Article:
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9 Natural Bed Bug Remedies

Essential OilsAt one point, it was believed that bedbugs had been dealt with for good. Unfortunately, this wasn’t the case. It was only a matter of time before they returned and quickly spiraled out of control. Many believe that increased travel after WWII led to the resurgence. Homeowners and renters have to be worried about bedbugs because they’re one of the most common household pests. While you could hire a professional exterminator, you may want to tackle this problem alone. To do that, you’ll need to learn more about natural bedbug remedies.

You might be able to prevent and eliminate bedbugs by using natural products. You’ll learn more about possible natural remedies below.

Essentials Oils

Before skin-applied pest repellents can be marketed, they have to be registered with the EPA. Nevertheless, you can still buy skin repellents online and you can make your own. A lot of people argue that essential oils can help keep bedbugs away. Unfortunately, there is no evidence that essential oils will work for repelling bedbugs. They might be good for other purposes but they won’t stop bedbugs from entering your home.

Diatomaceous Earth

Diatomaceous Earth is widely considered one of the most popular and effective natural bedbug solutions. When bedbugs touch this powder, it will dry out them and kill them. It will cause the bedbugs to die from dehydration. While it works, you have to understand that the bedbugs will need to walk through the powder. Otherwise, they’ll continue living.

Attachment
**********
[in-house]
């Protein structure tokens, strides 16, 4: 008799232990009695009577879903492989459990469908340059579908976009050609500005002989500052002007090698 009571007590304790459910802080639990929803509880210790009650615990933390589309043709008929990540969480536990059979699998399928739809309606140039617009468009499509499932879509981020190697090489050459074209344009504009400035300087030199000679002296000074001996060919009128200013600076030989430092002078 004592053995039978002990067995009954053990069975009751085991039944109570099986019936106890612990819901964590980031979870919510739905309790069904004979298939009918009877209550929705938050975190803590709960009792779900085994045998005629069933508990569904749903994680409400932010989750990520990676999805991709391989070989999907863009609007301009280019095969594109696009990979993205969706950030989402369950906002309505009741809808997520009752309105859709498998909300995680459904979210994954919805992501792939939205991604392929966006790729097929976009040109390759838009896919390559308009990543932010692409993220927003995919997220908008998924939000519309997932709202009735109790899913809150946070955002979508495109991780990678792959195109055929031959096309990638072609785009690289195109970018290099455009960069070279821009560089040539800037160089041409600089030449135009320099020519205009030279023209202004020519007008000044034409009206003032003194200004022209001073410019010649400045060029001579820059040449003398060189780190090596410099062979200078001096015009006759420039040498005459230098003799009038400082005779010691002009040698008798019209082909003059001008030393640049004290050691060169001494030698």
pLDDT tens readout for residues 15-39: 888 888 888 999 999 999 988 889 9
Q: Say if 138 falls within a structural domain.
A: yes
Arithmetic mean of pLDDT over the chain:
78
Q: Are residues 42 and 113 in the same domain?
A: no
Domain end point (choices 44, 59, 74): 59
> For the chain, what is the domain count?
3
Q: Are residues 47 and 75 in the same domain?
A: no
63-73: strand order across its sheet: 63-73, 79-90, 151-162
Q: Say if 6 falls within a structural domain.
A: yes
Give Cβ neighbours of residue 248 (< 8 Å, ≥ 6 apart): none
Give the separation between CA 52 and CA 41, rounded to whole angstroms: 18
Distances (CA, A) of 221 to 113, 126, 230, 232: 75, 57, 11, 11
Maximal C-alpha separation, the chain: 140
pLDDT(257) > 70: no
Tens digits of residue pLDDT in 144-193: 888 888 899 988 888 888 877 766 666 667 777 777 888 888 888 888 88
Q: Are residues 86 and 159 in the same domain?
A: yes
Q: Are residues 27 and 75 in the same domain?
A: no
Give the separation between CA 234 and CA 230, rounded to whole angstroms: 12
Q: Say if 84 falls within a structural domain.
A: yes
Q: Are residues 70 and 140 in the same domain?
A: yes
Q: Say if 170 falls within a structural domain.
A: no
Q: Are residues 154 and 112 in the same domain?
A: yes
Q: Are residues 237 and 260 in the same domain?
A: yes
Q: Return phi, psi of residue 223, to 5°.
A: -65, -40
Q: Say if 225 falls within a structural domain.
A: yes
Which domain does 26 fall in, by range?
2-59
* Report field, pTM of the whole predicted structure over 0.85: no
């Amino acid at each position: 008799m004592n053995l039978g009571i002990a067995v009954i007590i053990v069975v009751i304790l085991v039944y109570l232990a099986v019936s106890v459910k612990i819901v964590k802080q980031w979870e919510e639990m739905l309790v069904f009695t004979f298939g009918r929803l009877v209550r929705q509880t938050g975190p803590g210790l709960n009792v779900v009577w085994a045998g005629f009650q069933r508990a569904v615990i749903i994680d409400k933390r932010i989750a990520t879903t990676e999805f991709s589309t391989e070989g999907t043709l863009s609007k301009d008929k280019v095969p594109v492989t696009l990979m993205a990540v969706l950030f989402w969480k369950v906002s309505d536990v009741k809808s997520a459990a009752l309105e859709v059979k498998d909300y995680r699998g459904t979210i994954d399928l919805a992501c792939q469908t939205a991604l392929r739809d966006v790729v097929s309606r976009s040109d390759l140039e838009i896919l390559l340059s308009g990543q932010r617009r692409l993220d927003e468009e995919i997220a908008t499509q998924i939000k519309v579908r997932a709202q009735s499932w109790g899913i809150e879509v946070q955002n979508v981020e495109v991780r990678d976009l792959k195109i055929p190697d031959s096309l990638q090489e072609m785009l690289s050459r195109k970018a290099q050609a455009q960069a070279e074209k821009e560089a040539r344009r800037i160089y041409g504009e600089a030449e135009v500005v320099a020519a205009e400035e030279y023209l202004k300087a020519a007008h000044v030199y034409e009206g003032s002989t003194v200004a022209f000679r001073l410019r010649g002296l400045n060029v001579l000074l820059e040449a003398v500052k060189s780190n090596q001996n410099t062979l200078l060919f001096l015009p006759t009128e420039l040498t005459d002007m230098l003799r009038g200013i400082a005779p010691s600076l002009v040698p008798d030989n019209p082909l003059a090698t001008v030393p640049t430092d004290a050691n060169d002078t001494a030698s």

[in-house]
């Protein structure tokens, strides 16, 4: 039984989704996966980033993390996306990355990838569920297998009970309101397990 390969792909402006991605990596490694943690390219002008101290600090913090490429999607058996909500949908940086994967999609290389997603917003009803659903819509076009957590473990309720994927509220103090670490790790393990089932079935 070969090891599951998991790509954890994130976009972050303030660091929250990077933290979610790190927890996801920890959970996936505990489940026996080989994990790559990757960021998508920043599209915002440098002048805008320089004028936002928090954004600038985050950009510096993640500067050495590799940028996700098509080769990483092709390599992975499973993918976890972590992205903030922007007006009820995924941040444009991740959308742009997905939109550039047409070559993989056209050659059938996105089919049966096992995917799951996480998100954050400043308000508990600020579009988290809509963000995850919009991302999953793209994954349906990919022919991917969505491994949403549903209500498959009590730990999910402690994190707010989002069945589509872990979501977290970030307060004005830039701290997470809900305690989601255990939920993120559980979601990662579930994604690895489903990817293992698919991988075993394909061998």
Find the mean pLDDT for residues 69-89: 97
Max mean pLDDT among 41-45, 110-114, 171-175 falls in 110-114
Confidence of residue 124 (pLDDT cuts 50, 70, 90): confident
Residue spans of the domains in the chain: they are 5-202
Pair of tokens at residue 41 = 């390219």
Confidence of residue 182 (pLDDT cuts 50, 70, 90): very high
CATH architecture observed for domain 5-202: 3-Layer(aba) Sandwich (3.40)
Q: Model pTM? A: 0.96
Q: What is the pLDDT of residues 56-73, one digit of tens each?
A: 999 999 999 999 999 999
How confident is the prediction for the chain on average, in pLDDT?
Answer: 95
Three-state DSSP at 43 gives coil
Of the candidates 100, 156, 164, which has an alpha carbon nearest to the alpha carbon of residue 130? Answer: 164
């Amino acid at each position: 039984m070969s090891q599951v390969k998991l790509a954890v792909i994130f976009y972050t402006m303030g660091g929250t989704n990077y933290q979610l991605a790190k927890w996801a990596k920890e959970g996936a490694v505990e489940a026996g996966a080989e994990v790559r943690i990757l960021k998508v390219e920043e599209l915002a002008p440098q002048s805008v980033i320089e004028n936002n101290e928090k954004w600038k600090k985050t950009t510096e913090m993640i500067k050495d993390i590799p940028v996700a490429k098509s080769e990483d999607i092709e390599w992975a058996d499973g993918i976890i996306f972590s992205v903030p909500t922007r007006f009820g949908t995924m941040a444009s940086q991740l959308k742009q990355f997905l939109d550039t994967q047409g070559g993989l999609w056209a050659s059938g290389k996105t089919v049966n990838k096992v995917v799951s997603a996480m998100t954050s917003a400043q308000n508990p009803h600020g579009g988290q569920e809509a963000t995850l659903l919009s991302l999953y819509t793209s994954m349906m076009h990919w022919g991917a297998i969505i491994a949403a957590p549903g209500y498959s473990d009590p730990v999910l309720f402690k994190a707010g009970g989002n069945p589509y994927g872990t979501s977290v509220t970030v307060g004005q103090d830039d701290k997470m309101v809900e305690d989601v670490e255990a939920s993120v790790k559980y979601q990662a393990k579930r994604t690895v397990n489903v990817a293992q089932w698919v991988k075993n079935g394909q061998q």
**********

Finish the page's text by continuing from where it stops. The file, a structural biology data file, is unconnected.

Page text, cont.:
Peppermint Leaves & Oil

Many people will find that peppermint oil and leaves are being promoted as a powerful bedbug repellent. Does the scent keep bedbugs away? Some argue that the leaves need to be crushed and spread throughout the bedroom to get rid of the bugs. The only problem is that this is a messy technique. It likely won’t work and you’ll be left needing to clean up a mess.

Black Walnut Tea

Walnut tea may possess properties that can repel bedbugs. Some have said that they’ve removed bedbugs from their homes by placing black walnut tea bags in their bedrooms. While it might work, there is no evidence supporting this method.

Petroleum Jelly

Petroleum jelly can be used for many purposes. Some consumers believe it is an effective bedbug repellent. It is argued that you should rub petroleum jelly on your bed frame and headboard. The bedbugs will get stuck in the jelly when attempting to approach you while you sleep. Sadly, petroleum jelly isn’t going to stop bedbugs from reaching feed.

Rubbing Alcohol

Despite being no evidence to support this technique, some people say that rubbing alcohol can get rid of bedbugs. You should never use rubbing alcohol in your bedroom. It stinks and it is flammable. You don’t want to play with fire. Instead of turning your home into a hotbox, you should look for effective alternatives.

Baby Powder

Diatomaceous Earth is effective for getting rid of bedbugs but baby powder is not. It’ll have little to no impact on bedbugs. The problem is that baby powder is designed for babies. It isn’t powerful enough to kill bedbugs. It’ll get rid of the musty odor associated with bedbugs but it won’t get rid of the bedbugs.

Dryer Sheets

Some say that you should rub your bed and furniture with dryer sheets. Then, you’ll want to place a few dryer sheets around your home. Is this going to stop bedbugs from roaming through your home? In all likelihood, the answer is no. There is no evidence that this works.

Anti-Bacterial Soap

Bed bug bites left untreated are at risk of infection. Once the skin is injured, it becomes more vulnerable to bed bug bites. Professional medical treatment is not always necessary to fight off skin infections associated with bed bug bites. However, it is necessary to keep skin looking healthy.

Soap does not contain anti-bed bug properties, which means it is ineffective as a repellent.

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